Russian politician Andrei Zhdanov was the main supporter of Socialist Realism, an official artistic current of the Soviet Union.
He was born on Februray 26, 1896 in Mariupol, in Ukraine, then a part of the Russian empire.
At 19, Zhdanov joined the Bolsheviks, the most radical and popular current in the Russian socialist party, led by Lenin. In 1917, Zhdanov took part in the revolutions that put an end to the Tsar and brought the Bolsheviks to power. Russia became a socialist state, and in 1922, the Union of Soviet Socialist Republics was born.
When Lenin died in 1924, Stalin took power and Zhdanov’s star began to rise. For ten years, he was the provincial secretary of the Soviet Communist party in Nizhny Novgorod, a city in central Russia. In 1934, he participated in the first Congress of Soviet Writers.
Here, Zhdanov contributed to the birth of Socialist Realism, a movement that Soviet authors were forced to adhere to. Writers were at the service of the people, the communist party and the socialist cause. Recurrent themes included class struggle, the alliance between farmers and workers, the history of the proletariat and workers’ everyday lives.
In 1934, Zhdanov became secretary of the communist party in St. Petersburg, succeeding Sergei Kirov, a victim of the political murders known as “purges” that were ordered by Stalin.
Zhdanov was one of Stalin’s closest men. After holding several jobs in different border provinces, he was put in charge of defending St. Petersburg against the Germans during World War Two.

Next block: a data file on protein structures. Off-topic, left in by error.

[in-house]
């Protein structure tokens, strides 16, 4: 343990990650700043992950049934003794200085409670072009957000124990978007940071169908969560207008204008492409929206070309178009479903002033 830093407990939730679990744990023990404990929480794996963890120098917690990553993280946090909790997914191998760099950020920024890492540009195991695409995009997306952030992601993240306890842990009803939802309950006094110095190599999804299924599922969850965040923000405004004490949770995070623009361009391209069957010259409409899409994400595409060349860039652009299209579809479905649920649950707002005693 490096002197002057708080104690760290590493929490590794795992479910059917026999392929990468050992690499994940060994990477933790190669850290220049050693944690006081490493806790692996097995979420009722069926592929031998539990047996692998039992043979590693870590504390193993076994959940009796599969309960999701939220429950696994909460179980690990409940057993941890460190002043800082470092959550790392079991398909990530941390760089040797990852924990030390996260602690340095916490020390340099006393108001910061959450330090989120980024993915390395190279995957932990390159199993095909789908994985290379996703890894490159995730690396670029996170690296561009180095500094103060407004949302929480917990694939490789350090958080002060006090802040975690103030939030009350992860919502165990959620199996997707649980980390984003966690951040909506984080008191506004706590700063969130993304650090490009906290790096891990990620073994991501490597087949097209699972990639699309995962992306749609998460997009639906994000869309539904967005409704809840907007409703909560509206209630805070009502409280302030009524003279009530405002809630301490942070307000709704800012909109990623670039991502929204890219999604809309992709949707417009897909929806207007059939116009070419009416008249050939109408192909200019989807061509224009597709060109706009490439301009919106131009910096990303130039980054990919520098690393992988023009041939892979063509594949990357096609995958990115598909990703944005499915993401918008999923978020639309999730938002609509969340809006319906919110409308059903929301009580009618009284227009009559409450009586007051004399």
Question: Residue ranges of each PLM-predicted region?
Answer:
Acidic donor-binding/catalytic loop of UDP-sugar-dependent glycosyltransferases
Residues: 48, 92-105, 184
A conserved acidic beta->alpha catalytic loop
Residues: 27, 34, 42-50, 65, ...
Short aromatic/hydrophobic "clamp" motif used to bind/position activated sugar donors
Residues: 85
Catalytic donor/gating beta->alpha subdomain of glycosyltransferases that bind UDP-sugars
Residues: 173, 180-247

In 1945, Zhdanov was nominated President of the Supreme Soviet of the USSR, the most important Soviet legislative body.
The following year, he was put in charge of cultural policy. Zhdanov expanded the doctrine of Socialist Realism to all artistic disciplines, making it the only acceptable art movement. Known as Zhdanovism, numerous artists were forced to adhere, remain silent or leave the USSR. Dissenters were deported to concentration camps and persecuted, including the composer Dimitri Shostakovich, and the writers Anna Achmatova and Mikhail Zoshchenko.
In 1947, Zhdanov was among the organizers of the Cominform, the committee that coordinated all information between Europe’s communist parties.
It was one of his last duties. Zhdanov died in Moscow on August 31, 1948. He was 52. According to upper levels of the Soviet regime, he died due to a plot by his doctors. However, some historians claim Stalin ordered his death because of worries over Zhdanov’s growing influence.